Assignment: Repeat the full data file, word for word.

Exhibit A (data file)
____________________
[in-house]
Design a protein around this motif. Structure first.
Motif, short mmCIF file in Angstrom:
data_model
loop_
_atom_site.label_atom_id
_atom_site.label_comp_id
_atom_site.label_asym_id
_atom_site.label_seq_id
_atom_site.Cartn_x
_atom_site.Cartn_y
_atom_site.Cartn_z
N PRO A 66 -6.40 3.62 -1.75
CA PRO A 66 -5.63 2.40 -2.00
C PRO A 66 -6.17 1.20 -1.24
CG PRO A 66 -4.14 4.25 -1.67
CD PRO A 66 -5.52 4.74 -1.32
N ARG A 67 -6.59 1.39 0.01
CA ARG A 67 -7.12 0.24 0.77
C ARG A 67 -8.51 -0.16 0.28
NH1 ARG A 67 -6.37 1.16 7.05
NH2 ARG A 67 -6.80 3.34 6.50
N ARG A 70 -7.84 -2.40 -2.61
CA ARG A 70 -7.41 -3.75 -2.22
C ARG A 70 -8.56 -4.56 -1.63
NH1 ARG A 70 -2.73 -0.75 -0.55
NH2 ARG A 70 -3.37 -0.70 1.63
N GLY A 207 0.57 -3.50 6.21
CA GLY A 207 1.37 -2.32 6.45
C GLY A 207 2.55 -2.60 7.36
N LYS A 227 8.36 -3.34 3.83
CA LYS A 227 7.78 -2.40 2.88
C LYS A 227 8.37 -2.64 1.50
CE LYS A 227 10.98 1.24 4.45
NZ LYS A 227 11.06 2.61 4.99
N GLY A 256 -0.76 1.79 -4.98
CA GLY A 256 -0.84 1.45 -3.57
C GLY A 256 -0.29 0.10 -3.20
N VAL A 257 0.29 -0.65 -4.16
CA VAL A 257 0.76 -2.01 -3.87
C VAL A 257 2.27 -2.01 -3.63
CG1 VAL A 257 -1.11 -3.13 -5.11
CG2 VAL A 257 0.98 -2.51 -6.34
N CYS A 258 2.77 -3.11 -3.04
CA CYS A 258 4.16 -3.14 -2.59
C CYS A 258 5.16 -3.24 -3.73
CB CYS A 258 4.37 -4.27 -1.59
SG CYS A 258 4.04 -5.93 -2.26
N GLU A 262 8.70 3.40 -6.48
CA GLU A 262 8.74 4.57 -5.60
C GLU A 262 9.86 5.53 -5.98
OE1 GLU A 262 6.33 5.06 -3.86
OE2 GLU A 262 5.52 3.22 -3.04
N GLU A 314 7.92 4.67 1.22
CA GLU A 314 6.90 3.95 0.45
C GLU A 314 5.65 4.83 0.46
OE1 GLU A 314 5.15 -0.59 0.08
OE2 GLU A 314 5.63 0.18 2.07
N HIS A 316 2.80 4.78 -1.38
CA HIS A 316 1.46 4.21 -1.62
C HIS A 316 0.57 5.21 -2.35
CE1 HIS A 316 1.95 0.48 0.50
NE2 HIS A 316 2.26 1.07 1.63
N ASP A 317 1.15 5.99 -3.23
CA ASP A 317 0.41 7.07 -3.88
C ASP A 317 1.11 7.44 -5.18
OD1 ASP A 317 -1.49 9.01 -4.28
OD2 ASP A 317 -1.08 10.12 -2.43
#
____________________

[in-house]
Design a protein around this motif. Structure first.
Motif, short mmCIF file in Angstrom:
data_model
loop_
_atom_site.label_atom_id
_atom_site.label_comp_id
_atom_site.label_asym_id
_atom_site.label_seq_id
_atom_site.Cartn_x
_atom_site.Cartn_y
_atom_site.Cartn_z
N PRO A 66 -6.40 3.62 -1.75
CA PRO A 66 -5.63 2.40 -2.00
C PRO A 66 -6.17 1.20 -1.24
CG PRO A 66 -4.14 4.25 -1.67
CD PRO A 66 -5.52 4.74 -1.32
N ARG A 67 -6.59 1.39 0.01
CA ARG A 67 -7.12 0.24 0.77
C ARG A 67 -8.51 -0.16 0.28
NH1 ARG A 67 -6.37 1.16 7.05
NH2 ARG A 67 -6.80 3.34 6.50
N ARG A 70 -7.84 -2.40 -2.61
CA ARG A 70 -7.41 -3.75 -2.22
C ARG A 70 -8.56 -4.56 -1.63
NH1 ARG A 70 -2.73 -0.75 -0.55
NH2 ARG A 70 -3.37 -0.70 1.63
N GLY A 207 0.57 -3.50 6.21
CA GLY A 207 1.37 -2.32 6.45
C GLY A 207 2.55 -2.60 7.36
N LYS A 227 8.36 -3.34 3.83
CA LYS A 227 7.78 -2.40 2.88
C LYS A 227 8.37 -2.64 1.50
CE LYS A 227 10.98 1.24 4.45
NZ LYS A 227 11.06 2.61 4.99
N GLY A 256 -0.76 1.79 -4.98
CA GLY A 256 -0.84 1.45 -3.57
C GLY A 256 -0.29 0.10 -3.20
N VAL A 257 0.29 -0.65 -4.16
CA VAL A 257 0.76 -2.01 -3.87
C VAL A 257 2.27 -2.01 -3.63
CG1 VAL A 257 -1.11 -3.13 -5.11
CG2 VAL A 257 0.98 -2.51 -6.34
N CYS A 258 2.77 -3.11 -3.04
CA CYS A 258 4.16 -3.14 -2.59
C CYS A 258 5.16 -3.24 -3.73
CB CYS A 258 4.37 -4.27 -1.59
SG CYS A 258 4.04 -5.93 -2.26
N GLU A 262 8.70 3.40 -6.48
CA GLU A 262 8.74 4.57 -5.60
C GLU A 262 9.86 5.53 -5.98
OE1 GLU A 262 6.33 5.06 -3.86
OE2 GLU A 262 5.52 3.22 -3.04
N GLU A 314 7.92 4.67 1.22
CA GLU A 314 6.90 3.95 0.45
C GLU A 314 5.65 4.83 0.46
OE1 GLU A 314 5.15 -0.59 0.08
OE2 GLU A 314 5.63 0.18 2.07
N HIS A 316 2.80 4.78 -1.38
CA HIS A 316 1.46 4.21 -1.62
C HIS A 316 0.57 5.21 -2.35
CE1 HIS A 316 1.95 0.48 0.50
NE2 HIS A 316 2.26 1.07 1.63
N ASP A 317 1.15 5.99 -3.23
CA ASP A 317 0.41 7.07 -3.88
C ASP A 317 1.11 7.44 -5.18
OD1 ASP A 317 -1.49 9.01 -4.28
OD2 ASP A 317 -1.08 10.12 -2.43
#